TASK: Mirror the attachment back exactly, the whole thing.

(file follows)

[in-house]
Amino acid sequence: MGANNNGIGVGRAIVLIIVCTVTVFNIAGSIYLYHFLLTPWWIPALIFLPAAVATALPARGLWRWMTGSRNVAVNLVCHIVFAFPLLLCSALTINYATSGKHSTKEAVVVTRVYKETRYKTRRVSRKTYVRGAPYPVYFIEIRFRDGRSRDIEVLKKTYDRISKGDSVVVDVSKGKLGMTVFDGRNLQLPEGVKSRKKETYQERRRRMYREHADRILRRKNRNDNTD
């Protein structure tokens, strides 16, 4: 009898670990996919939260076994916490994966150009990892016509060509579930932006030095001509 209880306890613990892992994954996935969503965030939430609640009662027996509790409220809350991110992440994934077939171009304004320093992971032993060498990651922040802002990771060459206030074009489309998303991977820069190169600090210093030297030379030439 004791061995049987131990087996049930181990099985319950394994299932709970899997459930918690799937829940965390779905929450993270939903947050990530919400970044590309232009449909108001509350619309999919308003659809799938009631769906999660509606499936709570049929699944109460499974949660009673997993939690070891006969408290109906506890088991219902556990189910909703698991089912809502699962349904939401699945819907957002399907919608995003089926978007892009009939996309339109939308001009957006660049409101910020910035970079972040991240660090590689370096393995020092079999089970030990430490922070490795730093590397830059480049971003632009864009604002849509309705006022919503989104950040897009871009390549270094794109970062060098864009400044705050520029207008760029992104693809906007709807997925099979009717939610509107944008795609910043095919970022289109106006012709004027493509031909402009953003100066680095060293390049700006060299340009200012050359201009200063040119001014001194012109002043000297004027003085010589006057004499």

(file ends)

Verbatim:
[in-house]
Amino acid sequence: MGANNNGIGVGRAIVLIIVCTVTVFNIAGSIYLYHFLLTPWWIPALIFLPAAVATALPARGLWRWMTGSRNVAVNLVCHIVFAFPLLLCSALTINYATSGKHSTKEAVVVTRVYKETRYKTRRVSRKTYVRGAPYPVYFIEIRFRDGRSRDIEVLKKTYDRISKGDSVVVDVSKGKLGMTVFDGRNLQLPEGVKSRKKETYQERRRRMYREHADRILRRKNRNDNTD
């Protein structure tokens, strides 16, 4: 009898670990996919939260076994916490994966150009990892016509060509579930932006030095001509 209880306890613990892992994954996935969503965030939430609640009662027996509790409220809350991110992440994934077939171009304004320093992971032993060498990651922040802002990771060459206030074009489309998303991977820069190169600090210093030297030379030439 004791061995049987131990087996049930181990099985319950394994299932709970899997459930918690799937829940965390779905929450993270939903947050990530919400970044590309232009449909108001509350619309999919308003659809799938009631769906999660509606499936709570049929699944109460499974949660009673997993939690070891006969408290109906506890088991219902556990189910909703698991089912809502699962349904939401699945819907957002399907919608995003089926978007892009009939996309339109939308001009957006660049409101910020910035970079972040991240660090590689370096393995020092079999089970030990430490922070490795730093590397830059480049971003632009864009604002849509309705006022919503989104950040897009871009390549270094794109970062060098864009400044705050520029207008760029992104693809906007709807997925099979009717939610509107944008795609910043095919970022289109106006012709004027493509031909402009953003100066680095060293390049700006060299340009200012050359201009200063040119001014001194012109002043000297004027003085010589006057004499």